Noel Dempsey TD, the Minister for Communications, Marine and Natural Resources has launched a new National Geoscience Programme for Ireland.
The programme - a collaborative effort by the Geological Survey of Ireland (GSI) and the Royal Irish Academy (RIA) - provides for a total investment of some €43 million over seven years in the geoscience sector.
Speaking at the launch in the Academy, Minister Dempsey said - "This programme has been crafted to enhance many aspects of Irish life, including the sustainable management of our environment, the development of our natural resources and infrastructure and understanding and predicting natural hazards."
The Awards Scheme and the Geoscience Programme will both operate on an all-island basis. Speaking at the launch, President of the RIA, Dr. Jim Slevin said - "Geological parameters do not recognise political borders, so this strategy has been explicitly created in an inclusive 'All-Island' context."
Noting that 2008 has been designated by the UN as International Year of Planet Earth, Minister Dempsey urged the geoscience sector to avail of this opportunity to show its importance to the wider public.
At the launch, Minister Dempsey also announced the launch of a €10 million research initiative - 'The Griffith Geoscience Research Awards Scheme'. This award scheme - named to honour Richard Griffith, the celebrated geologist and engineer, who lived from 1784 to 1878 - will boost research in the geoscience area, targeting the vital pillars of energy, environment, marine and infrastructure.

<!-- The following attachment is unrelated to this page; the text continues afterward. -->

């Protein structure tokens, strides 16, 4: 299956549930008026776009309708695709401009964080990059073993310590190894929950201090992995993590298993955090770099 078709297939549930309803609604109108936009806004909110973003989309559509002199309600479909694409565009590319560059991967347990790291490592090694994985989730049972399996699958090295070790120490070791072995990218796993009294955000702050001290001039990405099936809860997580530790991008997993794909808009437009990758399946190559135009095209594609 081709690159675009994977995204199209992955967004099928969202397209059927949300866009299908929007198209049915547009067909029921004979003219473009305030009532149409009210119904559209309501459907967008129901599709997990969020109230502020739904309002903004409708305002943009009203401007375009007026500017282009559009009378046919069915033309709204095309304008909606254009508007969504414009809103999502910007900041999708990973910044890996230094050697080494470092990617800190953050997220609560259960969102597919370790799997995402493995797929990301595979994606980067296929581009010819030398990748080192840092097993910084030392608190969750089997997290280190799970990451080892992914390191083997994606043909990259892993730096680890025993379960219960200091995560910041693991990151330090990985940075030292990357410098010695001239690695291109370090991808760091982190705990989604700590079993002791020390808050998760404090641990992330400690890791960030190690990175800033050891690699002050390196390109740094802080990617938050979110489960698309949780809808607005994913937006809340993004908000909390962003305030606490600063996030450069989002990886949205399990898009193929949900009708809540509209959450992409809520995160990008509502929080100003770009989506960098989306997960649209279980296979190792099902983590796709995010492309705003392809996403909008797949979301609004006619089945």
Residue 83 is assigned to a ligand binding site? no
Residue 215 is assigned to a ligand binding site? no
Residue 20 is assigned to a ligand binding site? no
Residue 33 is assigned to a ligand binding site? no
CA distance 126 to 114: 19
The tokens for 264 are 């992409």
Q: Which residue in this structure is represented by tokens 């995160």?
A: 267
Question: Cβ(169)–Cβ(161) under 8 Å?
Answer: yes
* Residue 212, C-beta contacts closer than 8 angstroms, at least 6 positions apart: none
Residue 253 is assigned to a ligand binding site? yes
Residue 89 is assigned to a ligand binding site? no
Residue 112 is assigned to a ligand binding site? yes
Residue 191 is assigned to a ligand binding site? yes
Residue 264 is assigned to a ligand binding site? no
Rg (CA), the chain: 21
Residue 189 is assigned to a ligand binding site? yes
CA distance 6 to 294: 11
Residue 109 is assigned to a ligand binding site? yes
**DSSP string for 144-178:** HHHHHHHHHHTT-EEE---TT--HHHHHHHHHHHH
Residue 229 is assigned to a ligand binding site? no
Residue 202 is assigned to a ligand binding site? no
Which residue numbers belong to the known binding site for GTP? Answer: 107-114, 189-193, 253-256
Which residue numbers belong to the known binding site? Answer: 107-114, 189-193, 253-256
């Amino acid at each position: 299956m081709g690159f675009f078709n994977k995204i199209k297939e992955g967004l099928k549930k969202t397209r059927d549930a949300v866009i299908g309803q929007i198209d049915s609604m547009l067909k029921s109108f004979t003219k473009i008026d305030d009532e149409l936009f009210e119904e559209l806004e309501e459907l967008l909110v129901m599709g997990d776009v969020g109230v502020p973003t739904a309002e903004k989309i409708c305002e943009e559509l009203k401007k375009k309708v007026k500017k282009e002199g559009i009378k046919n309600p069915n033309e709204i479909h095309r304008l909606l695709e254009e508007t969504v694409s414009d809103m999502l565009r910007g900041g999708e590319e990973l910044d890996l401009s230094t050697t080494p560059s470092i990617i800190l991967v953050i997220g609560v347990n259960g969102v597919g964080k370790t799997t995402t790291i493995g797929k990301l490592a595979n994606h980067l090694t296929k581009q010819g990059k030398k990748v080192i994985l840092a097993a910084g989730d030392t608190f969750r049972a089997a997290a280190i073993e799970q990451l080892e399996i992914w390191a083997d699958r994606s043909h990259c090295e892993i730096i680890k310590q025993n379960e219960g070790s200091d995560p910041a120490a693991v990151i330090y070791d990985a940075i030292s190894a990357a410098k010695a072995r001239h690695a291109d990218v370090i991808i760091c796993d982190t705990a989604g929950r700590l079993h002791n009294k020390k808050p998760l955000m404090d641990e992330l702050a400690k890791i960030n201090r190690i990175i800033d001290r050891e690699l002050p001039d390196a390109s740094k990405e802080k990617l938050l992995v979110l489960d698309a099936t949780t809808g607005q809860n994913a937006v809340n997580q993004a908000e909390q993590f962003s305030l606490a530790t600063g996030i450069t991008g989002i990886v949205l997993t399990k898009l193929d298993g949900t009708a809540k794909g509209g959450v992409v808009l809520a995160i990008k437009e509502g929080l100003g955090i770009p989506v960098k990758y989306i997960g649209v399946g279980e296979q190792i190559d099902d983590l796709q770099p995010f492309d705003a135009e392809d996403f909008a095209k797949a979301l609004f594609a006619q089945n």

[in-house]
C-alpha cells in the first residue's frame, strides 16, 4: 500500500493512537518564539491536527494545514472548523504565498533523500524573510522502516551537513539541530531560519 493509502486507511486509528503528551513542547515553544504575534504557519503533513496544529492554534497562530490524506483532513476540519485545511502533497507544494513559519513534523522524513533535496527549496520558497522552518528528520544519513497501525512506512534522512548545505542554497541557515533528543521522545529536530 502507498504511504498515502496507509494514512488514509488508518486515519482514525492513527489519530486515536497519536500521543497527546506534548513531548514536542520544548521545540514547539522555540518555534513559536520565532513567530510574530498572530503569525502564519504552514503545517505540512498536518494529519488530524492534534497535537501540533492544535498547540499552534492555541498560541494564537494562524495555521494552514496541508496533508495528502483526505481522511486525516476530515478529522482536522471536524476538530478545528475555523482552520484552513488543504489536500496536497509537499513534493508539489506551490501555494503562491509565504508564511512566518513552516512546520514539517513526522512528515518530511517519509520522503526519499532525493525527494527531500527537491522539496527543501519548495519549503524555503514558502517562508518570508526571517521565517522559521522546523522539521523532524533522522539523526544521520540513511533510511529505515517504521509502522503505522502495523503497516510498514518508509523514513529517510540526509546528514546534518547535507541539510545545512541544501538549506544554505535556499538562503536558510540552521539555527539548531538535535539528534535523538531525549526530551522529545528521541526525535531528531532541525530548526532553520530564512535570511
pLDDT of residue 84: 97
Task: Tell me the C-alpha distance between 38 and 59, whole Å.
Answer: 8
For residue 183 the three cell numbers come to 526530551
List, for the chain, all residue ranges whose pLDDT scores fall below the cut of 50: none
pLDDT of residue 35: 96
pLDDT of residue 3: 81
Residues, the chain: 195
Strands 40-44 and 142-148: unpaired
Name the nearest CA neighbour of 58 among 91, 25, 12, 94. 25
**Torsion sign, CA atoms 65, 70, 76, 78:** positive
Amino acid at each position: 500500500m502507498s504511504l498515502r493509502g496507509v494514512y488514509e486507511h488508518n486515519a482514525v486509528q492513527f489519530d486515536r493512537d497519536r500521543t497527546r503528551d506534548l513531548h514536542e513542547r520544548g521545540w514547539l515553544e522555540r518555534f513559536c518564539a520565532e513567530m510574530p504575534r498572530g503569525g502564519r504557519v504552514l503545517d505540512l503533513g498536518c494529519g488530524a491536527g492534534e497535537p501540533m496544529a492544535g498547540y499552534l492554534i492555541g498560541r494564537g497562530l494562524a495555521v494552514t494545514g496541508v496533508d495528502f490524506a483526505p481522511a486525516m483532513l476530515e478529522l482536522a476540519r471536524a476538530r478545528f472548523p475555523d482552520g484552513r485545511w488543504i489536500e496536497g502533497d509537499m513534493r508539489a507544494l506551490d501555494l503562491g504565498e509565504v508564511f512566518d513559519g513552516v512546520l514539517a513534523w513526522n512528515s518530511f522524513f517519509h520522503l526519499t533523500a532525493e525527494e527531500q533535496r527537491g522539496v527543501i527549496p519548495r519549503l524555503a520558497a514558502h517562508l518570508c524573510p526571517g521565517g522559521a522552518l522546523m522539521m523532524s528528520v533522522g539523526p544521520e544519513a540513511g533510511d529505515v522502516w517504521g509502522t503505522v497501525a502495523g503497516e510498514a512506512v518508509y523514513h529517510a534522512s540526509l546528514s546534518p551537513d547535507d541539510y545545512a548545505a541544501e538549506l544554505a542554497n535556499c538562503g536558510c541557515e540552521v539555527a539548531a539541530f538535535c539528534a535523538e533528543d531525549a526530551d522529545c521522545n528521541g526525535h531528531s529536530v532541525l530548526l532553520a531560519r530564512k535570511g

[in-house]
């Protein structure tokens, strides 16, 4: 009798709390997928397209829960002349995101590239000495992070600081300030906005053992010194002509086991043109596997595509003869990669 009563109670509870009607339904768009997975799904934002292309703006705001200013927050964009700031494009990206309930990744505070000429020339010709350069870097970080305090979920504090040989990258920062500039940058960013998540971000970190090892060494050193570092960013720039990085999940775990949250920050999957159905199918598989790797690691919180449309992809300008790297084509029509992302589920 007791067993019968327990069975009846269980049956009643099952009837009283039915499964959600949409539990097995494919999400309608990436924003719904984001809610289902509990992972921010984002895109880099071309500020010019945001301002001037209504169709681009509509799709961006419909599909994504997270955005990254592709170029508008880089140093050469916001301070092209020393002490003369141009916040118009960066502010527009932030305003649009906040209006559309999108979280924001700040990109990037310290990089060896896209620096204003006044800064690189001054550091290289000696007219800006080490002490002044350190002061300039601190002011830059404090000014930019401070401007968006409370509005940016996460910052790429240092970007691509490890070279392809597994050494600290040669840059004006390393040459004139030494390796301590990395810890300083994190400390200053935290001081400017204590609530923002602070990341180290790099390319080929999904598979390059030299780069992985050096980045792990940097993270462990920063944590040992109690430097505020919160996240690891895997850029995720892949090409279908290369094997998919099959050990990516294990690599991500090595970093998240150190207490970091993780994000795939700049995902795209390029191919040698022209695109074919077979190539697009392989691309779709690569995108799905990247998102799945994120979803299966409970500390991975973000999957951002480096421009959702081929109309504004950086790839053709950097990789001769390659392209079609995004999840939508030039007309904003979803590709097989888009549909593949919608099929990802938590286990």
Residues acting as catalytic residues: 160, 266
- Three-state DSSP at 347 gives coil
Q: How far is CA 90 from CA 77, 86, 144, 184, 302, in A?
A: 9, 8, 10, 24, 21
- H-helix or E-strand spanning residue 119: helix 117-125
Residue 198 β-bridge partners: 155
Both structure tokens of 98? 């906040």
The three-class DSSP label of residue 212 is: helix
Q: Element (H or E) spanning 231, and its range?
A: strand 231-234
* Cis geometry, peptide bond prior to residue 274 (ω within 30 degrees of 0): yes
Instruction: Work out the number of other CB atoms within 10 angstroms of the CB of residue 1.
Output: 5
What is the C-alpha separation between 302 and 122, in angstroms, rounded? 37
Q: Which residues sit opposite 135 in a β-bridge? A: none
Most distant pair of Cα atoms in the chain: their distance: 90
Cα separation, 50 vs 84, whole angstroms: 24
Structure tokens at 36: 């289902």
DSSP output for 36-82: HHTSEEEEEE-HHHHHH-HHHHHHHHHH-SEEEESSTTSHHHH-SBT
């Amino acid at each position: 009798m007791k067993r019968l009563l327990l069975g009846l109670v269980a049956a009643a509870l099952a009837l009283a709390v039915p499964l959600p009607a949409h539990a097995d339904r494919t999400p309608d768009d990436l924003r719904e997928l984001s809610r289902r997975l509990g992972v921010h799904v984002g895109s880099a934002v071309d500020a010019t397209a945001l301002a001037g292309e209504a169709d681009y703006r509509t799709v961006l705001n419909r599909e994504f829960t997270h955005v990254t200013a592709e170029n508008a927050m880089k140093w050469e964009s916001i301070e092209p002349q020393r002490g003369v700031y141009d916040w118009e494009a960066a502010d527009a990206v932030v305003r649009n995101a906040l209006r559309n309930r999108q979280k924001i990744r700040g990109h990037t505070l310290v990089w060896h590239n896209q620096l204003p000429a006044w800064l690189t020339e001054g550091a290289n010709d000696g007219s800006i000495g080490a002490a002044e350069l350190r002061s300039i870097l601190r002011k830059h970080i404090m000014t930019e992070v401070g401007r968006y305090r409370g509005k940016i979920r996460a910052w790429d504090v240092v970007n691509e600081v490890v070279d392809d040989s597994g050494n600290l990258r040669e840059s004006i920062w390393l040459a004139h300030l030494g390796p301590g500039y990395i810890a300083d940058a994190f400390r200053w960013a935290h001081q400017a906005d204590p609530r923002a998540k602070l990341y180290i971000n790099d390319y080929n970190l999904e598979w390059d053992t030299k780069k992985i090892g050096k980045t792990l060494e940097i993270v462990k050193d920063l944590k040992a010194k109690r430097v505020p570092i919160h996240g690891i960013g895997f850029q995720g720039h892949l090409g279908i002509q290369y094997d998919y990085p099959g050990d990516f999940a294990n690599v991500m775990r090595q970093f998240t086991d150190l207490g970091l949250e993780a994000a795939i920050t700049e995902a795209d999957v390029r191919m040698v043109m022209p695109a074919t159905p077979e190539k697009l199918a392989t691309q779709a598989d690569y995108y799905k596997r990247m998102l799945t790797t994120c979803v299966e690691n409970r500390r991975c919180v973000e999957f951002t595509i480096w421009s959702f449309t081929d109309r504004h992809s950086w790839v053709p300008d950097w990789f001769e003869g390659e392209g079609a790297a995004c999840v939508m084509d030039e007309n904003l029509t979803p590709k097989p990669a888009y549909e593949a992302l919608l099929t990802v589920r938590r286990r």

The Griffith Awards follow on the successful Charles Parsons Energy Research awards (Click Here) launched in 2006 and the Marine Research Awards (Click Here) announced recently. The 3 Award schemes are based on the provision of 7-year research funding and 7-year Researcher contracts.
"This commitment to early stage researcher career development, demonstrates the importance with which I and my Department view the contribution of researchers. I am convinced that the 7-year funding mechanism - which is the first such funding approach across the EU - will be significant in attracting young International mobile researchers to Ireland."
A key Griffith award will be presented to a competent research group who will work with the GSI in digitalising and web enabling their data bases. "This will allow open access, without charge, to these data bases and so optimise the use of the data for productive purposes."
Another Griffith award will fund the development of an All-island Graduate school in Geoscience, where PhD students will have access to modules related to Energy, Environment, Marine, Transport and Infrastructural Development.
"The Programme announced today is a highly ambitious one that sets out a clear vision for how the geoscience sector will evolve over 2007-2013. By driving a strongly focused knowledge and research agenda, the Programme will improve our understanding of how our planet works and highlight the often unseen importance of geoscience in our daily lives" - concluded Minister Dempsey.
Geoscience-based industry contributes more than €2 billion each year to the Irish economy. This figure is comprised of mining operations, aggregates, plasterboards and other materials for the construction industry, gas production and various high-level consultancy services, mostly carried out by highly skilled graduates of Irish science universities.